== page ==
STARRING: Haley Joel Osment, Jude Law, William Hurt, Frances O'Connor, Sam Robards, Brendan Gleeson

2001, 145 Minutes, Directed by: Steven Spielberg

Description: This film spans near and distant futures with the fairy-tale adventures of an artificial boy named David (Haley Joel Osment), a marvel of cybernetic progress who wants only to be a real boy, loved by his mother in that happy place called home. Young David, shunned by his trial parents and tossed into an unfriendly world, is joined by fellow "mecha" Gigolo Joe (played with a dancer's agility by Jude Law) in his quest for a mother-and-child reunion. Parallels to Pinocchio intensify as David reaches "the end of the world" (a Manhattan flooded by melted polar ice caps), and a far-future epilogue.

Don't be fooled by this or any of the movie's marketing, AI is a dark movie and not really intended for children at all.

It is easy to see why this movie received some very mixed reviews upon its release in the States and UK, and  - it evokes mixed responses. Some critics have blamed this on the film being a project started by director Stanley Kubrick and being handed over and finished by Steven Spielberg instead (for a detailed history of the project, check here).

They have a point: their styles differ radically from one another. (How much do they differ? Try making a schizophrenic double video bill of A Clockwork Orange and E.T. one evening . . .)

Even not knowing the movie's production history, you'll probably find that A.I.'s biggest problem is that Spielberg can't contain his worst instincts as a filmmaker. The movie shoots itself in the foot with the extreme saccharine sentiment of the last twenty minutes or so. 

"Shoots itself in the foot with the extreme saccharine sentiment of the last 20 minutes or so . . . "

It is as if Spielberg grew afraid that audiences would become alienated by anything negative and quickly inserted a happy ending or schmaltzy elements. These instincts almost ruin AI . . .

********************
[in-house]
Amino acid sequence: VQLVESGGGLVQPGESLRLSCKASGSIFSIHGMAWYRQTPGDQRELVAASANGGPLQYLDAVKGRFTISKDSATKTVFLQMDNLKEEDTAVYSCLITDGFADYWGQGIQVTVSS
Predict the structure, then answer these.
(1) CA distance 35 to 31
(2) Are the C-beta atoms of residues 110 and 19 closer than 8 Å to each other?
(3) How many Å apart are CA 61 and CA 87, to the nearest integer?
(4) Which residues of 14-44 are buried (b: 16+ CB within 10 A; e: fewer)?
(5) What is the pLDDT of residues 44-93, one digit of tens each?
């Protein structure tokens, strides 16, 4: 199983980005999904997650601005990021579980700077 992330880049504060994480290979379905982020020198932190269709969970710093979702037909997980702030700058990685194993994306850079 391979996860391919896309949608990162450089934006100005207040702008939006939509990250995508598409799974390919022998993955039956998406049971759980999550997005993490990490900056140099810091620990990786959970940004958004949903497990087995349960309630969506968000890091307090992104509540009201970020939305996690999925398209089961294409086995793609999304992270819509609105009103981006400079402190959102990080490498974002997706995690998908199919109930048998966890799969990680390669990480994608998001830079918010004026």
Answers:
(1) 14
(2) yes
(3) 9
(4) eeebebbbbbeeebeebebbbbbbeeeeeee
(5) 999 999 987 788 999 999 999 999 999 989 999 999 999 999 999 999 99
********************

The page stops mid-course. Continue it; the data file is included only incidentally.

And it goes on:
Note that I use the word almost. Critics (particularly the intellectual types) have been very unfair to AI Sure, the movie is deeply flawed. Maybe it's lowered expectations because the last two years of Hollywood blockbusters have been the utter worst in its entire history, but at least AI has flickers of ambition. It tries to be about something, with real characters and good acting.

Technically it is well-made, but not in the sense that the Planet of the Apes remake is well-made: its visual splendor, particularly scenes set in a semi-submerged post-apocalyptic New York, has a more lasting visceral impact than the clever make-up in Apes.

(Perhaps it is in retrospect of seeing the World Trade Centre being destroyed by two airliners crashing into it that makes these particular scenes linger in the mind. I don't know. Sadly enough, AI's distant future features the twin towers intact - talk about science fiction with an expiry date!)

Sci-fi fans will find lots of the territory in AI covered familiar (Bicentennial Man anyone?), but unlike recent Hollywood offerings the movie doesn't merely consist of a nonexistent plot stringing a bunch of action sequences together.



# 25
of the
Top 100 Sci-Fi Movies
of all time



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